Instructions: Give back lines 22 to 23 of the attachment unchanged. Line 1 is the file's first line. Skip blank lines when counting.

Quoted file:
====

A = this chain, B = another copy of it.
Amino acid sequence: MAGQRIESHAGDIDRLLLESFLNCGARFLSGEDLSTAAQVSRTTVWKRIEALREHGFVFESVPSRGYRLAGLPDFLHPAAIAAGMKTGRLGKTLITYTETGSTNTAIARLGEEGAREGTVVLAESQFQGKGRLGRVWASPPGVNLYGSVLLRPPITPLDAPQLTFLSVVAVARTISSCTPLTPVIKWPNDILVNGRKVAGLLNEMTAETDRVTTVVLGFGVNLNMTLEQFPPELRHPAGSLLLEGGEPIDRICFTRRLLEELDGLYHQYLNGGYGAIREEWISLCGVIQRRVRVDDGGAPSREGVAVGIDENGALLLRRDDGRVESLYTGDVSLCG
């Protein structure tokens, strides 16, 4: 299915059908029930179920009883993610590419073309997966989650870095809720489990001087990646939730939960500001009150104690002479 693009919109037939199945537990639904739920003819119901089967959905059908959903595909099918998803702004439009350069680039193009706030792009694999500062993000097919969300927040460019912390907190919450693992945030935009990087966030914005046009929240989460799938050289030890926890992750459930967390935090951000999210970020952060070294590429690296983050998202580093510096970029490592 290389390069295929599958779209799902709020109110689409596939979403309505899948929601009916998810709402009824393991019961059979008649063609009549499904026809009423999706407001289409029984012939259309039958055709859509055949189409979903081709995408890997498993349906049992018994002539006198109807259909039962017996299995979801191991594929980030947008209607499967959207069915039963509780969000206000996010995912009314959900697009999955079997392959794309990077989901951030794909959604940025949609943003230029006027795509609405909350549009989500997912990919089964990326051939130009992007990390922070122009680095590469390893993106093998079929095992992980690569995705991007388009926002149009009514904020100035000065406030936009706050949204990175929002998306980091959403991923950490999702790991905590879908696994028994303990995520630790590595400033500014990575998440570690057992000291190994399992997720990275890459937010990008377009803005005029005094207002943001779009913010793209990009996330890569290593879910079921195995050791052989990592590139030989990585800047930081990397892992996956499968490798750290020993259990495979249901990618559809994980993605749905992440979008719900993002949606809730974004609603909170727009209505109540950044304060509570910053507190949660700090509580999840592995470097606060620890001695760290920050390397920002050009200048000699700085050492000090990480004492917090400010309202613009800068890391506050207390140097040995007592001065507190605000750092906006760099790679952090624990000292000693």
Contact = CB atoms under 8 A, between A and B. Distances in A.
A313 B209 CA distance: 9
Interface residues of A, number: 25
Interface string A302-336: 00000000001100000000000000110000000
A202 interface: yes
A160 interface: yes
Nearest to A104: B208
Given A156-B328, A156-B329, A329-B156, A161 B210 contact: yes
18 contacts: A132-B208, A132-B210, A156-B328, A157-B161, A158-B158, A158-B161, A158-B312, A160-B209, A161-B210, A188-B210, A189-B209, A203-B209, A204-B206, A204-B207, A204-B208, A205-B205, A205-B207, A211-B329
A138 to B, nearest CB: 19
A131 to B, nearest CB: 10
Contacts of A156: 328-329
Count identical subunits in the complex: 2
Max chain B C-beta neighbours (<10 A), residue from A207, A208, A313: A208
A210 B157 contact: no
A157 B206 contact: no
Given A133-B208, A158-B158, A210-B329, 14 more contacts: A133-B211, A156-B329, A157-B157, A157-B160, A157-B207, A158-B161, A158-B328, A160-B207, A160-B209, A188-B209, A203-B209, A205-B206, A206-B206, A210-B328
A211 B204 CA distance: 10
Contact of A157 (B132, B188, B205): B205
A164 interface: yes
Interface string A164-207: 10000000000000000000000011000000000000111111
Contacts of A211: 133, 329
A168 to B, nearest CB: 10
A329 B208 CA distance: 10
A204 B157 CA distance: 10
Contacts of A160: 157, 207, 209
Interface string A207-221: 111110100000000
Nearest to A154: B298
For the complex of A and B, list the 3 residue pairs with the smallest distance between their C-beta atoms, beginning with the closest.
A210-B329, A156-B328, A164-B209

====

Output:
Contact of A157 (B132, B188, B205): B205
A164 interface: yes